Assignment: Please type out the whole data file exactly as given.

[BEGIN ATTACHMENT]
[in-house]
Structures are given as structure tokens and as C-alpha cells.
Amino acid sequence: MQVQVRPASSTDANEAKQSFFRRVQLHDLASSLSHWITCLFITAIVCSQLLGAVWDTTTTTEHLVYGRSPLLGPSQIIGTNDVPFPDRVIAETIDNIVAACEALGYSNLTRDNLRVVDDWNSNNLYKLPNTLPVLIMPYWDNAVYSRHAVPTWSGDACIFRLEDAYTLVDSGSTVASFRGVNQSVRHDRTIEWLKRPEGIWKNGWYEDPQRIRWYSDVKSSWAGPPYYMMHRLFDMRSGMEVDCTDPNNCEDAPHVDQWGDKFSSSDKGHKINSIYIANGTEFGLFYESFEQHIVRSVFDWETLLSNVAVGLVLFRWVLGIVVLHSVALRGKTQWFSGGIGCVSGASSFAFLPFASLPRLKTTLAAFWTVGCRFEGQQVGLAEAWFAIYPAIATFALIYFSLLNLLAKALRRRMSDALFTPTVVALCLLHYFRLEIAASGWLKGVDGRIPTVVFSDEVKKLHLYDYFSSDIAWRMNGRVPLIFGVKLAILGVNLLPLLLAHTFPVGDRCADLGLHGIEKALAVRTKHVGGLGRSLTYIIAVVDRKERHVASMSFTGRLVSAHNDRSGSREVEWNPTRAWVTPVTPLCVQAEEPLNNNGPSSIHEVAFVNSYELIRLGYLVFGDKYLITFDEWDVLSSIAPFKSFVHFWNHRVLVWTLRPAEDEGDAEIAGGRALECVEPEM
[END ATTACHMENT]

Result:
[in-house]
Structures are given as structure tokens and as C-alpha cells.
Amino acid sequence: MQVQVRPASSTDANEAKQSFFRRVQLHDLASSLSHWITCLFITAIVCSQLLGAVWDTTTTTEHLVYGRSPLLGPSQIIGTNDVPFPDRVIAETIDNIVAACEALGYSNLTRDNLRVVDDWNSNNLYKLPNTLPVLIMPYWDNAVYSRHAVPTWSGDACIFRLEDAYTLVDSGSTVASFRGVNQSVRHDRTIEWLKRPEGIWKNGWYEDPQRIRWYSDVKSSWAGPPYYMMHRLFDMRSGMEVDCTDPNNCEDAPHVDQWGDKFSSSDKGHKINSIYIANGTEFGLFYESFEQHIVRSVFDWETLLSNVAVGLVLFRWVLGIVVLHSVALRGKTQWFSGGIGCVSGASSFAFLPFASLPRLKTTLAAFWTVGCRFEGQQVGLAEAWFAIYPAIATFALIYFSLLNLLAKALRRRMSDALFTPTVVALCLLHYFRLEIAASGWLKGVDGRIPTVVFSDEVKKLHLYDYFSSDIAWRMNGRVPLIFGVKLAILGVNLLPLLLAHTFPVGDRCADLGLHGIEKALAVRTKHVGGLGRSLTYIIAVVDRKERHVASMSFTGRLVSAHNDRSGSREVEWNPTRAWVTPVTPLCVQAEEPLNNNGPSSIHEVAFVNSYELIRLGYLVFGDKYLITFDEWDVLSSIAPFKSFVHFWNHRVLVWTLRPAEDEGDAEIAGGRALECVEPEM